βάλλοντες κλῆρον] more precisely in John 19:23 f. Whether this was done by means of dice or by putting the lots into something or other (a helmet) and then shaking them out (comp. on Acts 1:26), it is impossible to say.
 This question possesses an interest not merely antiquarian; it is of essential importance in enabling us to judge of the view held by Dr. Paulus, that the death of Jesus was only apparent and not real.
 This view is borne out not only by the simple fact that it would be somewhat impracticable to pierce both the feet when lying one above the other (as they usually appear in pictures, and as they are already represented by Nonnus, John 20:19), because in order to secure the necessary firmness, the nail would require to be so long and thick that there would be a danger of dislocating, if not of shattering the feet, but it is still further confirmed by the ancient tradition respecting the two pairs of nails that were used to fasten Jesus to the cross. See below under No. 2. And how is it possible to understand aright what Plautus says about feet twice-nailed, if we are to conceive of them as lying one upon the other! Probably they were placed alongside of each other, and then nailed with the soles flat upon the upright beam of the cross. A board for the feet (suppedaneum) was not used, being unnecessary.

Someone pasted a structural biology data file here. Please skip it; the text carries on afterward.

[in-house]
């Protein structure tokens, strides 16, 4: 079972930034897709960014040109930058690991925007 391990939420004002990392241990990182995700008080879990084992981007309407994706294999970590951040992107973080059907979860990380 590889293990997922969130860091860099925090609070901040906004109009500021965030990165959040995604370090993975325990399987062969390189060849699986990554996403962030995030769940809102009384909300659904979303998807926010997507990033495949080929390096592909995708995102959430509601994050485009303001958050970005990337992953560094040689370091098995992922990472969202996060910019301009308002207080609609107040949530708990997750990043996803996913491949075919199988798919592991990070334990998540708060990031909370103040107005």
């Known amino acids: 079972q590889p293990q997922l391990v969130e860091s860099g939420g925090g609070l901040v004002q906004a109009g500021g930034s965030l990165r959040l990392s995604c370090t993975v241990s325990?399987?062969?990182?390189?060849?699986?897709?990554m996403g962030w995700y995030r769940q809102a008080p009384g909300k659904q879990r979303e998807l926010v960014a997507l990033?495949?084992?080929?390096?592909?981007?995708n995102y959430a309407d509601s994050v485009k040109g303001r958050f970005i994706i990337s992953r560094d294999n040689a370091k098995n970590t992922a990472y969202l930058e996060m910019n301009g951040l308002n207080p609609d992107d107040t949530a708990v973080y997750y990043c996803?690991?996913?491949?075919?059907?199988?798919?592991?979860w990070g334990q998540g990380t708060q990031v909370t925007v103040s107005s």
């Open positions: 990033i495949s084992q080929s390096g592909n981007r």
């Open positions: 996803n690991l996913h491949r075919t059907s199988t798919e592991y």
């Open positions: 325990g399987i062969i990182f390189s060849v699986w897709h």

And sitting down they watched him there;
And set up over his head his accusation written, THIS IS JESUS THE KING OF THE JEWS.Matthew 27:37 Whether it was customary to have a tablet (σανίς) put over the cross containing a statement of the crime (τὴν αἰτίαν αὐτοῦ) for which the offender was being executed, we have no means of knowing. According to Dio Cass. liv. 8, it might be seen hanging round the neck of the criminal even when he was passing through the city to the place of execution. Comp. also Sueton. Domit. 10; Calig. 32; Euseb. v. 1. 19.